As a nonprofit, one of the Moab Music Festival’s priorities is community engagement. But it’s often overlooked; in the glory of the festival’s elite lineup—this year’s will feature a work done with famous actor and author George Takei—it’s easy to forget about the Festival’s plethora of school programs, done throughout the year, and its annual free community concert. This year, the community concert will start at 2 p.m. on Monday, September 6 at Old City Park in Moab and is sponsored by Rocky Mountain Power.
“Every year, we try to create a lineup at that concert that features little highlights from the entire festival,” Erin Groves, community engagement director of the Moab Music Festival, said. “It intentionally … presents highlights from throughout the festival season.”
The community concert has a few purposes. It allows people who may not be able to afford a ticket—the least expensive ticket is $40 this year—to still enjoy access to the “best of what we’re presenting,” Groves said. The concert also provides potential concert-goers with a taste of what they could see at future concerts.
This year’s community concert lineup includes thirteen musicians performing with a variety of instruments, including Corinne Winters on soprano; Andy Akiho on percussion; Michael Barrett, the director of the festival, on piano; and Ayano Ninomiya on violin. The program includes compositions by J.S. Bach and Giacomo Puccini.
Concert-goers are encouraged to bring picnics and children, marking this concert as different from the rest. Old City Park, the venue, is one of Groves’ favorite venues because it’s laid-back, family-friendly and locals-oriented.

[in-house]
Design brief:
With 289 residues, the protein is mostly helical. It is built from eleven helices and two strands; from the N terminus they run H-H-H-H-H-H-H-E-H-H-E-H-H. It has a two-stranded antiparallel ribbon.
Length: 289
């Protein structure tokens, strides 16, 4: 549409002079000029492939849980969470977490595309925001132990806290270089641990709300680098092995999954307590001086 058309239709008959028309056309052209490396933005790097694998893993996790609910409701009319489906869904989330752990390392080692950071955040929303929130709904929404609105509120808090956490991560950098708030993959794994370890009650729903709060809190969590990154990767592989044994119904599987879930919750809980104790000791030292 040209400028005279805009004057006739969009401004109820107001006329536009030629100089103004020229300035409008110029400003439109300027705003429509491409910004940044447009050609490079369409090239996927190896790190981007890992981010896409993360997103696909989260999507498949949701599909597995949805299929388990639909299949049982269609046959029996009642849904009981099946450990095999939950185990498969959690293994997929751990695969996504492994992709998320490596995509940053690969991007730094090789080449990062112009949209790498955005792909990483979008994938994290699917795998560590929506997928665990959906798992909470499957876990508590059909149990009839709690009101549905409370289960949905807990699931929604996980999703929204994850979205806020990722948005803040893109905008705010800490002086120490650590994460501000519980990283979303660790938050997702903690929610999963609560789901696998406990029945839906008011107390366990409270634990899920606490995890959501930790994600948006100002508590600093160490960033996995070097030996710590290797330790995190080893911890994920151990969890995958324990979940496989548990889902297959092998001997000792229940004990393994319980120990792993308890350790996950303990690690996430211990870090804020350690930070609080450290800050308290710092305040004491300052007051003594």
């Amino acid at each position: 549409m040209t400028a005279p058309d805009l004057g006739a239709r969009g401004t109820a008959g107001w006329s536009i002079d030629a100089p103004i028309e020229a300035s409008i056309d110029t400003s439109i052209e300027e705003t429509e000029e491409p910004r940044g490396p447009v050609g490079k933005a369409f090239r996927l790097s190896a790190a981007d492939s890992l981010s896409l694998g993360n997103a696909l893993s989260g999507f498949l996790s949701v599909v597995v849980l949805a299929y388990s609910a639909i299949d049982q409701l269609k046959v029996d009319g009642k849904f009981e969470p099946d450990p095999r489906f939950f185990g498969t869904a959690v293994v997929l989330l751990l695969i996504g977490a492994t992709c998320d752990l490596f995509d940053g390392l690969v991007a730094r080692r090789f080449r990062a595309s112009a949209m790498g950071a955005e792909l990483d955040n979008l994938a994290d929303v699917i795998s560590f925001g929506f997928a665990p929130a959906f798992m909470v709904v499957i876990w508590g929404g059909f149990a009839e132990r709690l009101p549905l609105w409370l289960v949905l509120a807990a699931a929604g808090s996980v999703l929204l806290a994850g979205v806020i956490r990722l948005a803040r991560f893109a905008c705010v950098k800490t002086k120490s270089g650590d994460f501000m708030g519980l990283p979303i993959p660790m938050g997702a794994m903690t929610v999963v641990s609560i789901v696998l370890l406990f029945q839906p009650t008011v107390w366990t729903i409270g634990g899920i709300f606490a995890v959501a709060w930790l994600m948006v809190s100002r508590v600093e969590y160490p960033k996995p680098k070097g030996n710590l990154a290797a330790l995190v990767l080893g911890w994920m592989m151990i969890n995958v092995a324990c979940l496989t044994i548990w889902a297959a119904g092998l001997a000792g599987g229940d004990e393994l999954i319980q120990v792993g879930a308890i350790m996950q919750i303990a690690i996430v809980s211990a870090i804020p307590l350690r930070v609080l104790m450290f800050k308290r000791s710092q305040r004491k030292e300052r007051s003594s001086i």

“I feel like I see the most familiar faces at that concert,” Groves said.
The concert makes an effort every year to partner with and highlight music education programs in Moab. The Grand County High School Marching Band will provide refreshments for purchase, with all proceeds going toward the marching band. The Festival as a nonprofit entity will also debut their “Kids Club” at this concert, a free club for anyone 18 and under. The club will be a way for the Festival leaders, such as Groves, to communicate directly with students and families about upcoming opportunities for scholarships or free music workshops.
The Festival has been providing educational opportunities and workshops since it was founded in 1992. Typically, the Festival hosts school assemblies where musicians will play in local schools, though last year they were unable to do so due to coronavirus restrictions. Since 2017, the Festival has awarded five annual music student scholarships to Grand County students grades 2-12. The scholarships are $300 each, to be used toward private music lessons or music camps. The Festival also gives Grand County School District music educators education initiative awards, which fund music education resources.
“Everyone gets a little piece of the pie every year for their music classes,” Groves said. Her work focuses a lot on connecting the Festival to music educators and to young students—one of her goals has been to encourage pre-kindergarten music education in the community.
One of the reasons why she loves the annual free concert so much is because it can connect to young children, she said. Most of the other concerts the Festival hosts are meant to be quiet, like the chamber music concerts.
“Being able to present music [to kids] in places where they can be crazy and loud … really matters to us,” she said. This concert is the opportunity she points out to families to have a “really successful and awesome family experience with live music,” especially classical or chamber music.
Tickets to the Rocky Mountain Power Community Concert are free, but need to be reserved due to pandemic protocols. More information and ticket reservations can be found at https://moabmusicfest.org/events/rocky-mountain-power-community-concert/.
What: Rocky Mountain Power Community Concert
When: Monday, September 6 at 2 p.m.
Where: Old City Park, Moab